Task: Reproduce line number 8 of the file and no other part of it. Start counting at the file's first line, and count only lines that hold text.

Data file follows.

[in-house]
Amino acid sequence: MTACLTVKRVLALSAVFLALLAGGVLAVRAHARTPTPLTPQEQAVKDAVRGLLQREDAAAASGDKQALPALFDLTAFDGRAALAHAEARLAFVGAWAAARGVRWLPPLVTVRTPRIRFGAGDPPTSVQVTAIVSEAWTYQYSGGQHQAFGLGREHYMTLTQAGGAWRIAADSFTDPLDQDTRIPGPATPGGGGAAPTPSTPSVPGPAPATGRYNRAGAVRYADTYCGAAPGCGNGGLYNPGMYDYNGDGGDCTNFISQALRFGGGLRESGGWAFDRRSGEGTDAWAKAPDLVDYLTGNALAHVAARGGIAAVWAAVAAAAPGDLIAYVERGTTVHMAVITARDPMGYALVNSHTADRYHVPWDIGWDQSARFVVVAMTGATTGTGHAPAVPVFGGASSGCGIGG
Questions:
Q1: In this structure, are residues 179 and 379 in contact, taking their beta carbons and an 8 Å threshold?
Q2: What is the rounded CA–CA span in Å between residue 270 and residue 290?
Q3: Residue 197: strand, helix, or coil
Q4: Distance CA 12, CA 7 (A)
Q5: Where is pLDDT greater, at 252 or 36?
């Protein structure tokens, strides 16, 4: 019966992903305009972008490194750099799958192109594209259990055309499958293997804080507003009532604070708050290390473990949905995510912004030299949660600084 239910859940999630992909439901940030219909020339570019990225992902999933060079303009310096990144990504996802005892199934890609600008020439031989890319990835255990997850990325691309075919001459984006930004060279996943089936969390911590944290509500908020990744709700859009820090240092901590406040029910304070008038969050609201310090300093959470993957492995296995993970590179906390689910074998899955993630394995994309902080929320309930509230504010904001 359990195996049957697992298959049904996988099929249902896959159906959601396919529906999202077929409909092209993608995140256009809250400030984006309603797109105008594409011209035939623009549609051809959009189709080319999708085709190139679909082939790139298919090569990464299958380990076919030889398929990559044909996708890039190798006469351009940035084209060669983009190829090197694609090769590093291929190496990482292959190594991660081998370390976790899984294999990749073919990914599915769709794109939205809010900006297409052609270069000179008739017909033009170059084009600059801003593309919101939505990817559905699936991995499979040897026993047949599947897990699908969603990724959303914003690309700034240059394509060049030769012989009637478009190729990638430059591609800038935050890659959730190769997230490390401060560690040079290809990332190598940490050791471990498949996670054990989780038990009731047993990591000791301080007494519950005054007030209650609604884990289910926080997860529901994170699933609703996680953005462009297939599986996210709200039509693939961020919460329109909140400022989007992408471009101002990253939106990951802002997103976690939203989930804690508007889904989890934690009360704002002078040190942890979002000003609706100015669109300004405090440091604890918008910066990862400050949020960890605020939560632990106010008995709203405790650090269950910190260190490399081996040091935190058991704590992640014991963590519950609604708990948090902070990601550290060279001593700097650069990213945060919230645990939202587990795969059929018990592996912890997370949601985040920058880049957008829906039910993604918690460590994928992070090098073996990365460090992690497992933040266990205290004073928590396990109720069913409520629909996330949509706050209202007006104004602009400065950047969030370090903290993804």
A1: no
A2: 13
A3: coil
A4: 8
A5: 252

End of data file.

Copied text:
Q5: Where is pLDDT greater, at 252 or 36?